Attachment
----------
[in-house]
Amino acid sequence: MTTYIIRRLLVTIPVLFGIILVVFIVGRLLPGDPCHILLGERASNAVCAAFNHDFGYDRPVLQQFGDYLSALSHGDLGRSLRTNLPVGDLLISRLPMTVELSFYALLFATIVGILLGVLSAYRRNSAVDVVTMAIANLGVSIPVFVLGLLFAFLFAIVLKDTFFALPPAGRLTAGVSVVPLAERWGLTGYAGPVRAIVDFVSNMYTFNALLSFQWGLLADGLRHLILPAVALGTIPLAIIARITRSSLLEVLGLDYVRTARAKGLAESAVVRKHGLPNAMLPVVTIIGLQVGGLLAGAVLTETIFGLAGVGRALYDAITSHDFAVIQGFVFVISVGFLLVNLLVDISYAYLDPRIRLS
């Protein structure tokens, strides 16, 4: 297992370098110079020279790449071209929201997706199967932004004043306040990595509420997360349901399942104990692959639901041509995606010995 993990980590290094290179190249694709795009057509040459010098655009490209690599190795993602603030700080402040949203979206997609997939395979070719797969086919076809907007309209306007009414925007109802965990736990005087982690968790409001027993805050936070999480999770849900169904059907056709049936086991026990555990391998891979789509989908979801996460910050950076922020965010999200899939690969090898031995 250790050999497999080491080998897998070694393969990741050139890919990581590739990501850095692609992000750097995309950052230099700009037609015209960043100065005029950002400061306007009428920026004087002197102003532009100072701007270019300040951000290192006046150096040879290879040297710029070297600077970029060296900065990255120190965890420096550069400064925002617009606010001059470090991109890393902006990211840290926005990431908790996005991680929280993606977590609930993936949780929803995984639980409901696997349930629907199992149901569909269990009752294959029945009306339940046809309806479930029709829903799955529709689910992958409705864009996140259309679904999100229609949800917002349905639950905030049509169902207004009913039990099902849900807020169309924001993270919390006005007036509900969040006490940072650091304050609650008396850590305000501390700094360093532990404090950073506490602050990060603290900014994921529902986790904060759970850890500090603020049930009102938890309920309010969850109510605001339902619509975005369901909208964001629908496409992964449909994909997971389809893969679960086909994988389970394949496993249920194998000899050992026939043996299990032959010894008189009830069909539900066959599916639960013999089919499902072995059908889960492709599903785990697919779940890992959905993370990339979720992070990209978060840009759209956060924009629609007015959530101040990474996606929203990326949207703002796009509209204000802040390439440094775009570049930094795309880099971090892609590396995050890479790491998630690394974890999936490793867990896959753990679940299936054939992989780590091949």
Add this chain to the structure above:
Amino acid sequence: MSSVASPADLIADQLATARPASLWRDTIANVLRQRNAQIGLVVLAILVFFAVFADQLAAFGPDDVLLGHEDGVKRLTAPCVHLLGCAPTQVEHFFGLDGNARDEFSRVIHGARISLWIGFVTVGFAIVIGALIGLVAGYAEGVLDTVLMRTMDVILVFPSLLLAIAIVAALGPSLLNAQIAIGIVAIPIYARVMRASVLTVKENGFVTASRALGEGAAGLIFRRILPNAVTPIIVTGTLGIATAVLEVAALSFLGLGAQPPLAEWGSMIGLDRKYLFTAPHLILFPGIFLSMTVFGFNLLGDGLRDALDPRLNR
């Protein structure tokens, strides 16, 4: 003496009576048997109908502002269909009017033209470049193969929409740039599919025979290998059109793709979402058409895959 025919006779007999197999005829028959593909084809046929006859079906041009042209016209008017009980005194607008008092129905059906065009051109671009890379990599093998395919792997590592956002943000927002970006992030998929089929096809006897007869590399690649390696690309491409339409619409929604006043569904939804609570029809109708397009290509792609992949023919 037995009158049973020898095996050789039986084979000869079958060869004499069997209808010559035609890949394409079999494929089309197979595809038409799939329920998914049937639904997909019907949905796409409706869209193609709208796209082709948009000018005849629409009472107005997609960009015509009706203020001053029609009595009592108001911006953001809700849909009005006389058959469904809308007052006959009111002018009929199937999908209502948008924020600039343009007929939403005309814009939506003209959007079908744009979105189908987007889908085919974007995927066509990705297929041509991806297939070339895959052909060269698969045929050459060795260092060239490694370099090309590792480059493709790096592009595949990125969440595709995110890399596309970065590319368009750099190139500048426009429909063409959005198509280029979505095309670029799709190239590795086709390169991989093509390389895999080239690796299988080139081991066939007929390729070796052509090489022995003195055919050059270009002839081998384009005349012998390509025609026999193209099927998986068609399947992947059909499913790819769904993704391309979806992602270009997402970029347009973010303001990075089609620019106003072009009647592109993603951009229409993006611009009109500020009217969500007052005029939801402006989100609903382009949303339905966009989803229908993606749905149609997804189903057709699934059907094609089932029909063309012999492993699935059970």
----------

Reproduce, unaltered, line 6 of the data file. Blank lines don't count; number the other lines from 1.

């Protein structure tokens, strides 16, 4: 003496009576048997109908502002269909009017033209470049193969929409740039599919025979290998059109793709979402058409895959 025919006779007999197999005829028959593909084809046929006859079906041009042209016209008017009980005194607008008092129905059906065009051109671009890379990599093998395919792997590592956002943000927002970006992030998929089929096809006897007869590399690649390696690309491409339409619409929604006043569904939804609570029809109708397009290509792609992949023919 037995009158049973020898095996050789039986084979000869079958060869004499069997209808010559035609890949394409079999494929089309197979595809038409799939329920998914049937639904997909019907949905796409409706869209193609709208796209082709948009000018005849629409009472107005997609960009015509009706203020001053029609009595009592108001911006953001809700849909009005006389058959469904809308007052006959009111002018009929199937999908209502948008924020600039343009007929939403005309814009939506003209959007079908744009979105189908987007889908085919974007995927066509990705297929041509991806297939070339895959052909060269698969045929050459060795260092060239490694370099090309590792480059493709790096592009595949990125969440595709995110890399596309970065590319368009750099190139500048426009429909063409959005198509280029979505095309670029799709190239590795086709390169991989093509390389895999080239690796299988080139081991066939007929390729070796052509090489022995003195055919050059270009002839081998384009005349012998390509025609026999193209099927998986068609399947992947059909499913790819769904993704391309979806992602270009997402970029347009973010303001990075089609620019106003072009009647592109993603951009229409993006611009009109500020009217969500007052005029939801402006989100609903382009949303339905966009989803229908993606749905149609997804189903057709699934059907094609089932029909063309012999492993699935059970």